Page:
Regional human rights organisations condemned the attack, which happened after the victim praised Saudi authorities during the pilgrimage
Qatari man attacked after performing Hajj
Regional human rights organisations have condemned an assault on a Qatari man, who they say was beaten up in his home country after returning from Saudi Arabia where he was performing Hajj.
The man, who was identified as Hamad Al Marri, was shown on Riyadh-based Al Ekhbariya television during the Hajj season praising Saudi Arabia for facilitating Hajj for Qatari pilgrims, despite a regional boycott of Qatar.
The National Society for Human Rights (NSHR) in Saudi Arabia on Sunday condemned the attack on Mr Al Marri, saying his “beating, humiliation and degradation" had taken place in Qatar after he returned from Saudi Arabia. The society said the filming of the attack and sharing it online was a "flagrant violation of human rights”.
It urged Qatari and international human rights organisations to follow up on the issue and reveal “the fate of the Qatari national and protect him from the attacks and violations that have been committed against him”.
Mohammed Al Kaabi, chairman of EHRA, said: “All these acts, individually and collectively, are crimes against humanity.”
The 43-second clip shows Mr Al Marri on his knees with his hands tied behind his back. Another man, wearing a white and red ghutra — commonly worn by Saudi men, accused the victim of cursing Saudi Arabia.
“I did not curse Saudi Arabia. I am a Qatari citizen, and I have no business in politics,” says the victim before being attacked.
Reports said that the attacker was posing as a Saudi national to make it seem that Saudis are attacking Qataris as a result of the political crisis.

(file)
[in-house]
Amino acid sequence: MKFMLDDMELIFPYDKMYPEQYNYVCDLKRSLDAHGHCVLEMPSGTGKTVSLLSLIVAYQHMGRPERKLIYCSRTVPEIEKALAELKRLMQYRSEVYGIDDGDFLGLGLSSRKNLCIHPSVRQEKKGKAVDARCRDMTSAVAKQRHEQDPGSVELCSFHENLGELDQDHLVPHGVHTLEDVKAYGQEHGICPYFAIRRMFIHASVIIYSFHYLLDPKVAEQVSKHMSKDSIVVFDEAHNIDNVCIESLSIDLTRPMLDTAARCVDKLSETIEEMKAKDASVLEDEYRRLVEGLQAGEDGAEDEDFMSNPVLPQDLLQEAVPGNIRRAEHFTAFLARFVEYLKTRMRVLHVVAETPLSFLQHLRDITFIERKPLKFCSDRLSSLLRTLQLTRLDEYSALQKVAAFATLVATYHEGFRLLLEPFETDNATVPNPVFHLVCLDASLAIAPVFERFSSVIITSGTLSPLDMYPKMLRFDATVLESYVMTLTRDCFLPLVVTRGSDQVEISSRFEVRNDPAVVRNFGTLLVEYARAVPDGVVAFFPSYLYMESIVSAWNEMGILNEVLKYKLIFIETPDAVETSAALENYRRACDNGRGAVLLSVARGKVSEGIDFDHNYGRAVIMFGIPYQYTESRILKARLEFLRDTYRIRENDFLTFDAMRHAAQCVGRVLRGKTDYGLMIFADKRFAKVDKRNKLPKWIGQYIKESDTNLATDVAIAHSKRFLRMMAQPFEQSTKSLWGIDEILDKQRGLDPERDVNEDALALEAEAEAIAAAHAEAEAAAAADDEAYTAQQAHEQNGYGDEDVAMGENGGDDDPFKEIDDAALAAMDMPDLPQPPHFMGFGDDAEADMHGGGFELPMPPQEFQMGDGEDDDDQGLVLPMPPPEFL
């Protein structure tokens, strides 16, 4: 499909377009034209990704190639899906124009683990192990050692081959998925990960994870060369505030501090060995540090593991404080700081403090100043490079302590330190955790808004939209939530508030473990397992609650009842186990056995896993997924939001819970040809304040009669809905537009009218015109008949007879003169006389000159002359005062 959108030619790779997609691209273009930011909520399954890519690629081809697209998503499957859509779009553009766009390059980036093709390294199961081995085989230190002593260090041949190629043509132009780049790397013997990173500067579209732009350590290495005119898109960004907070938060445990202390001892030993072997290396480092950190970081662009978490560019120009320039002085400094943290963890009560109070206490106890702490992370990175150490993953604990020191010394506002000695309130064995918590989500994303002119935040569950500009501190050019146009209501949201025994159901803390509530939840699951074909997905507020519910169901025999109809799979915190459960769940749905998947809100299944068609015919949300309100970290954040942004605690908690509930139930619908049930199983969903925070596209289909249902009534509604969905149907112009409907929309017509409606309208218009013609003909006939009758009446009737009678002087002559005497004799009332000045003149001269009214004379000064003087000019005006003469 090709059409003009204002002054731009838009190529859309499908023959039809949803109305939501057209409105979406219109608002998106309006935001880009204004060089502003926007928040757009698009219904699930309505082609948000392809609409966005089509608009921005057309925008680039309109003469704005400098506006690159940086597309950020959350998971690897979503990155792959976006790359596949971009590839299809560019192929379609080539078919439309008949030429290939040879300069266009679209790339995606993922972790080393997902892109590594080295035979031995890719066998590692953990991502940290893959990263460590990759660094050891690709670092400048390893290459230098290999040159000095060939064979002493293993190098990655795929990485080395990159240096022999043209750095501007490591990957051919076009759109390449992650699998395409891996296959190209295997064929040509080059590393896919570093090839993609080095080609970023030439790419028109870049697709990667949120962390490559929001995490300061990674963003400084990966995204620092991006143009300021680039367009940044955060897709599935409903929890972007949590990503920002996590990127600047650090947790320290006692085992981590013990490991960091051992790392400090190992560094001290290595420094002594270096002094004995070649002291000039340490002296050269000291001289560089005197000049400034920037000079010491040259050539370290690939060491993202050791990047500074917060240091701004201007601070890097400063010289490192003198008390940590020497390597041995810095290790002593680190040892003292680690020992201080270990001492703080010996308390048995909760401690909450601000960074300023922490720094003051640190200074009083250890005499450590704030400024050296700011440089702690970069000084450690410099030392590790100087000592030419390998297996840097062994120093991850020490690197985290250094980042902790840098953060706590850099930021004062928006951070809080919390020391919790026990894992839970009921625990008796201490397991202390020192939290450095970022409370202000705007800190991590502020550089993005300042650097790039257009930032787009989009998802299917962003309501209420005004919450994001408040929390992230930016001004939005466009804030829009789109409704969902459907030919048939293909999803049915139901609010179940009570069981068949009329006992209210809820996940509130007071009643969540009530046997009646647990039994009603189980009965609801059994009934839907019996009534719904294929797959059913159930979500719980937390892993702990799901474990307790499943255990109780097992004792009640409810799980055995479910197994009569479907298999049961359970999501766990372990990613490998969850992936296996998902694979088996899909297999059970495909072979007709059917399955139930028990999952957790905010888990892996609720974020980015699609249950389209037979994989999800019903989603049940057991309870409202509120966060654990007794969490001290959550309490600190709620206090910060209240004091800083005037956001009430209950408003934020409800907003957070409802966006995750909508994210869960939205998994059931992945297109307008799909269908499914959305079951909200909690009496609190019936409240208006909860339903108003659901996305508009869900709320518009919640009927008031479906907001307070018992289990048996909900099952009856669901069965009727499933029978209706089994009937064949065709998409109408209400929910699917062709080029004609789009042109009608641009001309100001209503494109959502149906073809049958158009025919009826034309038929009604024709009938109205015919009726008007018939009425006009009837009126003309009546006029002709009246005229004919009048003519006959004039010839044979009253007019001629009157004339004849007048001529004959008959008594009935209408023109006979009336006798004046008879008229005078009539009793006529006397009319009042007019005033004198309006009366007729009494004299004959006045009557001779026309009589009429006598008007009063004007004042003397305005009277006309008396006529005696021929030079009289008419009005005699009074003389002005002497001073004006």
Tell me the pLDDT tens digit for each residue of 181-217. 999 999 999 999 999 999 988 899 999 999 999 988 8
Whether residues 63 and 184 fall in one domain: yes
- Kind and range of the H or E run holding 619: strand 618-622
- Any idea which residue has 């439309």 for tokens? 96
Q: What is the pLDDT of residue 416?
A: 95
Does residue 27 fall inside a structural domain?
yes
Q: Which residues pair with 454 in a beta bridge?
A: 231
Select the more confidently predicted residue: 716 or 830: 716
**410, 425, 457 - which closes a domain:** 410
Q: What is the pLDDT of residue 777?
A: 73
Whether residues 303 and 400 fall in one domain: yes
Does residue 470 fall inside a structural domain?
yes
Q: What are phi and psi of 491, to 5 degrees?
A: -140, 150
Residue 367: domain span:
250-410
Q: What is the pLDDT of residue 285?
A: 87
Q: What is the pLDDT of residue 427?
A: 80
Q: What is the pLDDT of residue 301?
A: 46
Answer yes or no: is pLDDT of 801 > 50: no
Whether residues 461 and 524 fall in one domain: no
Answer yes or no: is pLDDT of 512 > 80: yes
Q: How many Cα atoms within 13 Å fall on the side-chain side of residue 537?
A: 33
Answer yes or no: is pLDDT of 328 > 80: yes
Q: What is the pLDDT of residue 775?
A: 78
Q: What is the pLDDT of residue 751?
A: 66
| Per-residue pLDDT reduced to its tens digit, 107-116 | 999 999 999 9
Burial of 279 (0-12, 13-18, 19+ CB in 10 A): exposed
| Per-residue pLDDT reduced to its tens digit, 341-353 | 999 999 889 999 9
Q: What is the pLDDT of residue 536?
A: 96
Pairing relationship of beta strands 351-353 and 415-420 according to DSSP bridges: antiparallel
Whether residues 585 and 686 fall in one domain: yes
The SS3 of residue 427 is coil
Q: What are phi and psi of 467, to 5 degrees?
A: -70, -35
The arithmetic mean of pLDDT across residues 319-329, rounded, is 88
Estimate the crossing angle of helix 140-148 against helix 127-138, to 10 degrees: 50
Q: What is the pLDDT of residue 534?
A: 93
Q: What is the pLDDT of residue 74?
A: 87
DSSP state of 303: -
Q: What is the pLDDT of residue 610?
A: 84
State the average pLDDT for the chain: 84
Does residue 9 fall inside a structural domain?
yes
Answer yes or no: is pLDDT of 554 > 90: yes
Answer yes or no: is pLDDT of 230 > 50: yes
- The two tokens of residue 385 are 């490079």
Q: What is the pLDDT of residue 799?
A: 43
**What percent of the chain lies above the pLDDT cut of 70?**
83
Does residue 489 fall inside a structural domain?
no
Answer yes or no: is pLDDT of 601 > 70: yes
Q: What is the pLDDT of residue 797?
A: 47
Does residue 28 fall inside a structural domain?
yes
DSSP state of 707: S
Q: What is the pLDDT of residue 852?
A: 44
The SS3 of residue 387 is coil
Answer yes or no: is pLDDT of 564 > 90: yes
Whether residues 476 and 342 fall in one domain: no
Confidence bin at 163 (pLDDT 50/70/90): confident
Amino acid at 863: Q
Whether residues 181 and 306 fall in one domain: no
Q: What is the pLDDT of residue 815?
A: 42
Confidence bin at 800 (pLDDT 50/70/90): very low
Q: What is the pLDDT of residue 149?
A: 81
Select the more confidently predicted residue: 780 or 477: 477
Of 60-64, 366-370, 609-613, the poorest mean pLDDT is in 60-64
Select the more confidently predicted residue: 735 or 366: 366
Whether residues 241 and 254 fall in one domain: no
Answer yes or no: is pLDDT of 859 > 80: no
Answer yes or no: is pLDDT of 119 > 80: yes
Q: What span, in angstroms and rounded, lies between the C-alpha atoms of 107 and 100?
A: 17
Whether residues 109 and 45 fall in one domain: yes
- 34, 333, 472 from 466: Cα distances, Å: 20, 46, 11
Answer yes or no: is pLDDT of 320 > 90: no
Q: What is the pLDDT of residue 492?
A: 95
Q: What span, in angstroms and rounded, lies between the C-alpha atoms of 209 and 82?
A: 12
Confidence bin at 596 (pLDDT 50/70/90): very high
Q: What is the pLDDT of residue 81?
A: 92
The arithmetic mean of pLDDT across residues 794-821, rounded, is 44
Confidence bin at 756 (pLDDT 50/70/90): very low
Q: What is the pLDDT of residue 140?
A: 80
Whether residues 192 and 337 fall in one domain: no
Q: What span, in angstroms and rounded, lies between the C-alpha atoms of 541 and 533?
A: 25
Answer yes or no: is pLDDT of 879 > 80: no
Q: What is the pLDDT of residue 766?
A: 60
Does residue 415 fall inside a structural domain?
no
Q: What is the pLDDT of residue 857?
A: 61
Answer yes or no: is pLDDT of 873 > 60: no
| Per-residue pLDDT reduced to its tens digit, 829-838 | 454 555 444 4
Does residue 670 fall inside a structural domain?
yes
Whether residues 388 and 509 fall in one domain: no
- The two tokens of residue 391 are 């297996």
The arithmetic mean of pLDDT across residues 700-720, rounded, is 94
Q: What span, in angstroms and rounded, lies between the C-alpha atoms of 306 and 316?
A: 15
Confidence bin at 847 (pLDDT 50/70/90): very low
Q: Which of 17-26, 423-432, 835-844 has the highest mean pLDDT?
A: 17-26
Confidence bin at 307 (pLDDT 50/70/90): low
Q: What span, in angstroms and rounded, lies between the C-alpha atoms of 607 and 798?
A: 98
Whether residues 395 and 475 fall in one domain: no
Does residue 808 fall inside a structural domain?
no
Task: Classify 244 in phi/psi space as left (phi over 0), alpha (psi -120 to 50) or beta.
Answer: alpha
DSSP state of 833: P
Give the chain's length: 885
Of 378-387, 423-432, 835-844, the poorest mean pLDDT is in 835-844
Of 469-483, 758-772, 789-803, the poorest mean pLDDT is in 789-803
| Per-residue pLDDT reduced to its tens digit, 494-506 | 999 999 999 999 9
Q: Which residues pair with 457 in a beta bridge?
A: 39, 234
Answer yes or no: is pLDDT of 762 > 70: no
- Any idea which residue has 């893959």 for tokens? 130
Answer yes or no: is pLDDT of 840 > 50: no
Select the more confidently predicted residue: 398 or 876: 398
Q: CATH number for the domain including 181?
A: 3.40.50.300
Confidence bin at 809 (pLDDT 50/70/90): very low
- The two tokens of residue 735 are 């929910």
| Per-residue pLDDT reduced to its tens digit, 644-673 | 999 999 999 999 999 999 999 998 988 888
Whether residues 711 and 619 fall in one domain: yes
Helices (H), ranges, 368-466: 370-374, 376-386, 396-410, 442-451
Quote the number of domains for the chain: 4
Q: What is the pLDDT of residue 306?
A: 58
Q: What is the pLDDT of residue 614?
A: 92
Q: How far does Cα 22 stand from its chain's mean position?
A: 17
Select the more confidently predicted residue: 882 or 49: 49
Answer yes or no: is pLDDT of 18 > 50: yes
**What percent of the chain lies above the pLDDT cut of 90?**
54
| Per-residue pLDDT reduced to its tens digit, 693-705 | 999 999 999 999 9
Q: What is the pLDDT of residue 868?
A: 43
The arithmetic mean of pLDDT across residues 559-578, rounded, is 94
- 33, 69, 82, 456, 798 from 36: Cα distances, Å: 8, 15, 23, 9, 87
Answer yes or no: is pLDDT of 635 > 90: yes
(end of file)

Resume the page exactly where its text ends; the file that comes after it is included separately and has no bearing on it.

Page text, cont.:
Saudi Arabia, the UAE, Bahrain and Egypt cut transport, diplomatic and trade ties with Qatar on June 5 over accusations it was supporting terrorist groups and interfering in the internal affairs of other countries. Doha denies the allegations.
Pilgrims were then flown to Jeddah at the king’s expense from King Fahad International Airport in Dammam and Al Ahsa International Airport in the Eastern Province, reported the Saudi Press Agency.
The number of Qatari pilgrims was nearly 30 per cent higher than last year despite the political dispute.
At total of 1,564 Qataris arrived in Saudi Arabia for the annual pilgrimage, said the governor of Makkah Prince Khalid Al Faisal, whereas the number of Qatari pilgrims last year was 1,210.
The Manama Centre for Human Rights said that what happened to Mr Al Marri after “performing the obligation of Hajj … was a violation of human rights, ethics, Islam and Arabism”.
The Egyptian Organisation for Human Rights said Qataris attacked the man but wanted to pin it on Saudis, according to Egyptian daily Youm7.
“It was revealed that that [the attackers] were Qataris, and they hit and assaulted their countryman because he praised Saudi Arabia and its facilitation of Hajj and because he refused to offend Saudis and the kingdom,” said Hafez Abu Saada, director of the organisation.